The best Christmas song out there is Brenda Lee’s I’m Gonna Lasso Santa Claus, and I know just why, because:
This song is a social justice anthem.
Think about: it’s pretty much impossible to escape Christmas music around the holidays, whether or not you celebrate. From old classics like The Christmas Song to newer ones—Mariah Carey’s All I Want for Christmas Is You came out 25 years ago, people!—we’re inundated with songs that present Christmas as some sort of romantic ideal (in every sense of the word romantic). At best, typical secular Christmas-songs tend to evoke nostalgia for a Victorian-inspired “perfect” holiday: roasted chestnuts, stockings, presents under the tree. Sleigh rides and jingle bells. A warm and loving home. Kids are taught that someone is always watching to see whether they’ve been “bad or good”—that is, whether deserve a little bit of comfort and joy this season. And let’s not forget about the presents.
And then we have Little Brenda Lee.
I’m gonna lasso Santa Claus
And the reason is because
I know a boy and girl he never goes see
He never brings ’em toys like he does for me
Underneath the twangy guitar riffs and the fake clip-clop of reindeer hooves, we are treated to the perspective of a kid who a) recognizes inequity when she sees it, b) examines and challenges the status quo, and c) uses her privilege to do something about it. And she still believes in Santa Claus. It’s silly, whimsical, improbable—and perfect.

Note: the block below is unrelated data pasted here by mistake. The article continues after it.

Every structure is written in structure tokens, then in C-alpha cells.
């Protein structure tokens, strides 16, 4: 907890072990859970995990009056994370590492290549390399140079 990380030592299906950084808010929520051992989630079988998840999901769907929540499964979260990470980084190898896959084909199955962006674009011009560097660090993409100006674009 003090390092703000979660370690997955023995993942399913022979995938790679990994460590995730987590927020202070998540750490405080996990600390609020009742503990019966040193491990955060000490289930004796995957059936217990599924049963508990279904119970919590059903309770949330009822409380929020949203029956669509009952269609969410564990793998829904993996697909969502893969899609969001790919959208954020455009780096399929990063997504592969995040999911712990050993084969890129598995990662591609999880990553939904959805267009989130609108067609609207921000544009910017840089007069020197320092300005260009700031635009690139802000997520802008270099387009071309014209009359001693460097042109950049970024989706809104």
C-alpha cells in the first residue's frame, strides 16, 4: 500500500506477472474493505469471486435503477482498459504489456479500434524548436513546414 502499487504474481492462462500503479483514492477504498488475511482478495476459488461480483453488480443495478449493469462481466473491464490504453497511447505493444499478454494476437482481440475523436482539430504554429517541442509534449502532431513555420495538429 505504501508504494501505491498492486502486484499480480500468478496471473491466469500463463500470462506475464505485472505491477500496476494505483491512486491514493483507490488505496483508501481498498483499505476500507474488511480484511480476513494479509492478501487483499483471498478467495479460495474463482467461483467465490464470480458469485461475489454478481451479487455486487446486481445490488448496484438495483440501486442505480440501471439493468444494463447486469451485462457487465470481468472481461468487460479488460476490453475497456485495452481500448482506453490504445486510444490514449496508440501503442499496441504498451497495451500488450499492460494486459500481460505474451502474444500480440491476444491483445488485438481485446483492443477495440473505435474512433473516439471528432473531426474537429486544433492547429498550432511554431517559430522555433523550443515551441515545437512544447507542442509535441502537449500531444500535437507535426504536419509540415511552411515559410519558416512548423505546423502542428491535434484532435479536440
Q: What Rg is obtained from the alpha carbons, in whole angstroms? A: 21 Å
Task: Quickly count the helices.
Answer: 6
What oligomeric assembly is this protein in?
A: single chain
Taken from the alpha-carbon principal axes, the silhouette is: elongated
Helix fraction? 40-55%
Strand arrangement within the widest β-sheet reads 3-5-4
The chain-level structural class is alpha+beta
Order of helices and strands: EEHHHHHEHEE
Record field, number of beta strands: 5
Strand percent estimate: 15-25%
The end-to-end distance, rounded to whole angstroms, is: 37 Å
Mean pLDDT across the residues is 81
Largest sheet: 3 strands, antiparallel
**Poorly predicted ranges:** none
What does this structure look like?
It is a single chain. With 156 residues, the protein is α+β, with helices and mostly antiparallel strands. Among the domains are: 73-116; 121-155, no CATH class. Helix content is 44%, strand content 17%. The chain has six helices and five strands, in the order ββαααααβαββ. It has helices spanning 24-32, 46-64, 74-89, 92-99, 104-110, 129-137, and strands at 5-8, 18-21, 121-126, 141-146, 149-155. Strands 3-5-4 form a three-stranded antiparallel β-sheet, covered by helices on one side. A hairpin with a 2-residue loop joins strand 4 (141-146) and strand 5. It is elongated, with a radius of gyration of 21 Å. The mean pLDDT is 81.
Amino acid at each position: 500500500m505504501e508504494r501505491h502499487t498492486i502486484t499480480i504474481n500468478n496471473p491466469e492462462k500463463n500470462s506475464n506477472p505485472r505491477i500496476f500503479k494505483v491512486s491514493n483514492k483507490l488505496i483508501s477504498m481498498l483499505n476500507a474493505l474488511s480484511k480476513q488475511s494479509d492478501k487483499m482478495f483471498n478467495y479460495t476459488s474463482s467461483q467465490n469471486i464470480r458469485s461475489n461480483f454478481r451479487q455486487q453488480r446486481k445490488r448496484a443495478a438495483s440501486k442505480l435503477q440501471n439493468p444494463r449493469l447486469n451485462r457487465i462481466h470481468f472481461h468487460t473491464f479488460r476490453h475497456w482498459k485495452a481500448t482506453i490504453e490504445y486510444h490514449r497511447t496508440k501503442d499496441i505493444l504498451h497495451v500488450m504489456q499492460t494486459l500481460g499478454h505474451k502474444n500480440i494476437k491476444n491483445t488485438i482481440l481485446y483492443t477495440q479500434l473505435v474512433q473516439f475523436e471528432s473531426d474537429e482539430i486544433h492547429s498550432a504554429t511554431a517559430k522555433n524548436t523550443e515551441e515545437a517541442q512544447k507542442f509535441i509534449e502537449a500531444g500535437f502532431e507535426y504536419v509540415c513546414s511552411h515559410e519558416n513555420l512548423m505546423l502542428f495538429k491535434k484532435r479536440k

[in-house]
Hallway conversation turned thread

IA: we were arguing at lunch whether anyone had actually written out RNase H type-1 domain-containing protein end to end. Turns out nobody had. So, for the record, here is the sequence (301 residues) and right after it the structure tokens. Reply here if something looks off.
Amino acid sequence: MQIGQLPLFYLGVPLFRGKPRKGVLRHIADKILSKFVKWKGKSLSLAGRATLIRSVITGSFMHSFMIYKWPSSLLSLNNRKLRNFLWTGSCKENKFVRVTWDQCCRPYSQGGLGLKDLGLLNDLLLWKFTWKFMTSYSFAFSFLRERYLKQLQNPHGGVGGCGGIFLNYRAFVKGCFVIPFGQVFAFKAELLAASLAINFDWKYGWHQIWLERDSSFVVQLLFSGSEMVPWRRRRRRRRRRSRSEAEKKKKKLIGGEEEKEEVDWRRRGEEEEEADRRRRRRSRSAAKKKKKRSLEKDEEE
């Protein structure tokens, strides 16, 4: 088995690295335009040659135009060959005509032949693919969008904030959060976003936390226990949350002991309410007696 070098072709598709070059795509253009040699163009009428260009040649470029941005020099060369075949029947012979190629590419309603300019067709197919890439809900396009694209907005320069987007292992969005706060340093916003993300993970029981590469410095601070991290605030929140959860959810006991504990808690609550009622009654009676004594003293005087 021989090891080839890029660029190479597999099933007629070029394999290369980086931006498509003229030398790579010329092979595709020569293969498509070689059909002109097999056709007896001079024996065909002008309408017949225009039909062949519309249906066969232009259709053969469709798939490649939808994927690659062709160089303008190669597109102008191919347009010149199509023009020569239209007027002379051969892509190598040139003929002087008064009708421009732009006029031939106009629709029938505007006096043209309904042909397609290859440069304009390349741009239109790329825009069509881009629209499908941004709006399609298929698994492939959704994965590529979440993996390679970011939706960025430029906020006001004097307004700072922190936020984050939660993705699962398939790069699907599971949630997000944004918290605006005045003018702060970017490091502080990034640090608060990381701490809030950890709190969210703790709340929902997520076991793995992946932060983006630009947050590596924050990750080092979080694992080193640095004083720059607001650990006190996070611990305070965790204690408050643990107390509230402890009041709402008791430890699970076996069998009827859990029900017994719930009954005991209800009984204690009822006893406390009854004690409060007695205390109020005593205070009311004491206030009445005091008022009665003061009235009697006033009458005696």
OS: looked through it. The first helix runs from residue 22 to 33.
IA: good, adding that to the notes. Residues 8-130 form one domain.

She knows she’s getting presents; she lives under a system that has always provided for her. And so she approaches this complex problem by starting from what is *right.* She has a plan, and she doesn’t give up on her idealism or her faith that everyone deserves to be happy. It’s this last point that really hits home for me: she looks at the unequal treatment and her conclusion is not that Santa Claus doesn’t exist; it’s that everyone deserves Santa Claus—he’s just not doing his job. She takes individual responsibility for a societal problem.
I’m gonna take his bag of toys and run
And give to all the kids who do’t have none
It’s a child’s solution, but it illustrates a deep-seated sense of fairness that children understand on a gut level, and that adults somehow grow out of. Sure, there are prettier songs out there, but the message embedded in this song is the one we should be proclaiming this time of year—and always: people shouldn’t have to earn the right to be happy (or fed or clothed or healthy or educated). Maybe the child’s solution is the right one.